In today’s business world, risk management is often regarded as a science requiring the use of increasingly sophisticated analytical tools and techniques. This can provide a false sense of security because having risk management plans based on quantified estimates of probability and impact can result in the misguided belief that the organization has its business risks under control. In reality, the biggest threat to business is often the failure to implement a holistic, “art- and science-based” approach to risk management, especially in the rapidly changing environment in which most firms now operate in.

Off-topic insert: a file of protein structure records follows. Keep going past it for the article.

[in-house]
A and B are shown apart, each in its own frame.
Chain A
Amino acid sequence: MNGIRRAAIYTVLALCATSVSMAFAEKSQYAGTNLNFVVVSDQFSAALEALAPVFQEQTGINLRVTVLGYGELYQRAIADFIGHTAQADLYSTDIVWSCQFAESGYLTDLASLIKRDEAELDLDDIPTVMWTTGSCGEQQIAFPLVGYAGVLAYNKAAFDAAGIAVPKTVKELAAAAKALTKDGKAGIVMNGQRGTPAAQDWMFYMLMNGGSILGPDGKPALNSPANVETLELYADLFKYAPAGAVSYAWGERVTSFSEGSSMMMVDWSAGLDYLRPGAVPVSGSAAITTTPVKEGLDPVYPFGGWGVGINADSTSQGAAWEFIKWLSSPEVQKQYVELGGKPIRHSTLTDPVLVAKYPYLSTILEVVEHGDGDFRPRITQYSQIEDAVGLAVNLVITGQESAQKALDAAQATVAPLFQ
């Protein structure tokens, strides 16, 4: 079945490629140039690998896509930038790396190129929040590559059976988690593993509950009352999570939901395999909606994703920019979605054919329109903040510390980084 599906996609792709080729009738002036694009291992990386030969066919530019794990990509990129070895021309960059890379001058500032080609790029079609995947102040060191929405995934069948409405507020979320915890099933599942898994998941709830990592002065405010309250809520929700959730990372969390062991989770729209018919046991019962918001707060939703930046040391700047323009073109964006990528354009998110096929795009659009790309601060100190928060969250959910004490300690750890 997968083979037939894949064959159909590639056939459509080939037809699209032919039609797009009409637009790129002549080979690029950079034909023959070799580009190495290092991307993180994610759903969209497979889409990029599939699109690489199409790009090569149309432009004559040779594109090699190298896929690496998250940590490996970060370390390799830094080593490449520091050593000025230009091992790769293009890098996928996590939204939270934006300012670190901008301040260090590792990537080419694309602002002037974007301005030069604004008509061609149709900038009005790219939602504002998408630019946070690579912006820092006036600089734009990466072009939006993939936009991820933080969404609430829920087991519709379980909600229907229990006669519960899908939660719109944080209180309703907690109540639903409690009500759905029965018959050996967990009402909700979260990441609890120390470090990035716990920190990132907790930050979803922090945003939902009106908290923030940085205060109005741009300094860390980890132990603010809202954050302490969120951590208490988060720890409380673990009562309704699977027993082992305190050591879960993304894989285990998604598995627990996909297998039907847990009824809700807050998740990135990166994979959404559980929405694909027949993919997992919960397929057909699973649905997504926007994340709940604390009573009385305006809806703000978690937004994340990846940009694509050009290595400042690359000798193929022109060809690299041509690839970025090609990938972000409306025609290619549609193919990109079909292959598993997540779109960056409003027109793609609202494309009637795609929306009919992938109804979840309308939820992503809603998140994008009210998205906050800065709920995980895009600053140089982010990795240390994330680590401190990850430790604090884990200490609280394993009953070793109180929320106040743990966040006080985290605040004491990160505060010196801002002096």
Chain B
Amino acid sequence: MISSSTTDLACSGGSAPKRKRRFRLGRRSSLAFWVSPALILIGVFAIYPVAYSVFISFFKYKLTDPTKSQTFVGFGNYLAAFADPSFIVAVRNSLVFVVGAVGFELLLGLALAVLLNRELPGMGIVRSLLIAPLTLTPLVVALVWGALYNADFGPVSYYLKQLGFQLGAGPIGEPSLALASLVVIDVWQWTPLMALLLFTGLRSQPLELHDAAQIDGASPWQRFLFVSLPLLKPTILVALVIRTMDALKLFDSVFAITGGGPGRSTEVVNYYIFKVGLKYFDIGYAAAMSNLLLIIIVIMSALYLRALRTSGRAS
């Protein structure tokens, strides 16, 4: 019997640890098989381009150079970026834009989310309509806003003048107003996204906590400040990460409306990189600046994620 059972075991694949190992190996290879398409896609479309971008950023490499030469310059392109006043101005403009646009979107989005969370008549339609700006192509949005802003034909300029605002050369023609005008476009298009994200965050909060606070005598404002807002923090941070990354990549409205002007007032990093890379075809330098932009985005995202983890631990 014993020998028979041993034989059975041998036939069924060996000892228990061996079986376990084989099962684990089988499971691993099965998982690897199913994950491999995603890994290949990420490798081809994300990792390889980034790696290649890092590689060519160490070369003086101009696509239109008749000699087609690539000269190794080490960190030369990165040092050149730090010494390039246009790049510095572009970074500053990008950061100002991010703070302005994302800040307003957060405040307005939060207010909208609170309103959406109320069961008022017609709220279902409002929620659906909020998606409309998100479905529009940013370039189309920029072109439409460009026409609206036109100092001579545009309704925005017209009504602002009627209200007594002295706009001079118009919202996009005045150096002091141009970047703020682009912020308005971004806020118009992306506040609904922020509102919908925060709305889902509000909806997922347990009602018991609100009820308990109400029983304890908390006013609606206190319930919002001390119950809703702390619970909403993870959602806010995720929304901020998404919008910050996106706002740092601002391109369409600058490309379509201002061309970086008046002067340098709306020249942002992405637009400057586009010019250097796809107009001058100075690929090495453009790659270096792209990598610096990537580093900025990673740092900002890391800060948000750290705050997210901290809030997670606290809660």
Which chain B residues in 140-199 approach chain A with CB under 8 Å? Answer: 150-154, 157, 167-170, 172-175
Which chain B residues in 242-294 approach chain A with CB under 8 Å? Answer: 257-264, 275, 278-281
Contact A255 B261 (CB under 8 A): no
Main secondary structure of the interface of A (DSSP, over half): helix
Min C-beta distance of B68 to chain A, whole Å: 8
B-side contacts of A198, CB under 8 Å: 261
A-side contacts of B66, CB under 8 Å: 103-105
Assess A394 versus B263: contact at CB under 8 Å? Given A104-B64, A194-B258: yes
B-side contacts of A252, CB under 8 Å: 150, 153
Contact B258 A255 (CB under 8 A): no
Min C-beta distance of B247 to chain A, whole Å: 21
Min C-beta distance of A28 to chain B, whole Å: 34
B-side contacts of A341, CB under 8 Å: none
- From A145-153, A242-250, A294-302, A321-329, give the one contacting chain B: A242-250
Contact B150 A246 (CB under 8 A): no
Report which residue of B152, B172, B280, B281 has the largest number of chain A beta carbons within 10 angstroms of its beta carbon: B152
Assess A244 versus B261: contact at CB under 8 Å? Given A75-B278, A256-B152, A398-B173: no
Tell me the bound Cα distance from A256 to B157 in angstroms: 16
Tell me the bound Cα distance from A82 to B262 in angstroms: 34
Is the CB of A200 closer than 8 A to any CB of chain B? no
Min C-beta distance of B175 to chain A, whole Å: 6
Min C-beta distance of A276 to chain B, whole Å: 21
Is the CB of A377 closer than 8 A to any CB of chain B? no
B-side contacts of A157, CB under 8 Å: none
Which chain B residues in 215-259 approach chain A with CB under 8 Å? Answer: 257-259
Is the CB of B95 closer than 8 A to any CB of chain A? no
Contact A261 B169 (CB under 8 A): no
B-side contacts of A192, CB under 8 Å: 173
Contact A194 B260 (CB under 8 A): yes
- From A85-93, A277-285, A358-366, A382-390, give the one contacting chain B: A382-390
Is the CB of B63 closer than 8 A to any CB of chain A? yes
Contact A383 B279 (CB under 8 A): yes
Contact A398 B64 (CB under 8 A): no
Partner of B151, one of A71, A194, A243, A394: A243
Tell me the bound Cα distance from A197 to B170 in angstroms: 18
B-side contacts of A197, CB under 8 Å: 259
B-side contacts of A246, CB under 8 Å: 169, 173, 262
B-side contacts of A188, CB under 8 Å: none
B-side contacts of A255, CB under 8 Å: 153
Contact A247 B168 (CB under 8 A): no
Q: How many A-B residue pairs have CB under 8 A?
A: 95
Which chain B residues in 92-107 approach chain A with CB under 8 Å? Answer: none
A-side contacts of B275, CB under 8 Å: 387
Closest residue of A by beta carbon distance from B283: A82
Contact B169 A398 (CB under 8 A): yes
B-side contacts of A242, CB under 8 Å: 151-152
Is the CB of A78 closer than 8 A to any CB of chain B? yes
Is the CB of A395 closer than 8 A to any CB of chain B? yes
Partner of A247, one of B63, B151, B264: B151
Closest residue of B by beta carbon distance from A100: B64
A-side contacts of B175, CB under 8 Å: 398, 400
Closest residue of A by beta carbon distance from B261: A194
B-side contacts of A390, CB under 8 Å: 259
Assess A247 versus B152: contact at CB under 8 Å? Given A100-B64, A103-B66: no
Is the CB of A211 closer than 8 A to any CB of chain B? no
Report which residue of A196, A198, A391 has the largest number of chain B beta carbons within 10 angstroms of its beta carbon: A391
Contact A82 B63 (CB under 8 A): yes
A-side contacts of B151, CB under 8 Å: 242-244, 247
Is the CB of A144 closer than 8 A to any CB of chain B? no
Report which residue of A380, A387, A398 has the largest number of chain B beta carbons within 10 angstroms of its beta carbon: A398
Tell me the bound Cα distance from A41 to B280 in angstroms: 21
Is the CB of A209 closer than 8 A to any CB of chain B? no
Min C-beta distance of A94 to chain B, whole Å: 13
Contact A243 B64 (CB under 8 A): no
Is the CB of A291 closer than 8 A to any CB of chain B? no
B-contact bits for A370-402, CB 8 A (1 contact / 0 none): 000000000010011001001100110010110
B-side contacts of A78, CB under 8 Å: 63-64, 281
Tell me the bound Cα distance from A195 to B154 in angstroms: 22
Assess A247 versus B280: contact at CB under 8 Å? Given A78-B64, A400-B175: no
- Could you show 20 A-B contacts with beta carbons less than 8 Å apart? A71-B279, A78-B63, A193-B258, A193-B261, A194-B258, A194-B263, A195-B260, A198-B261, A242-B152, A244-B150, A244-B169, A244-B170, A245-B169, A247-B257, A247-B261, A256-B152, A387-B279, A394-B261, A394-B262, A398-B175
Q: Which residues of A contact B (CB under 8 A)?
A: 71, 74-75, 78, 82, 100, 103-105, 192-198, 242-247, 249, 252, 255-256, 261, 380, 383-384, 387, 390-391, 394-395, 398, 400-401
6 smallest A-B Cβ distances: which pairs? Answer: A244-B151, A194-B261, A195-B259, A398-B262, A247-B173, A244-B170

In support of this argument, there is growing evidence that the main types of business risks arise from factors that cannot be directly observed or easily quantified and measured. While companies increasingly turn to project-based work to achieve their business goals, studies reveals that a high proportion of organizational projects fail to deliver their goals because of people-related factors.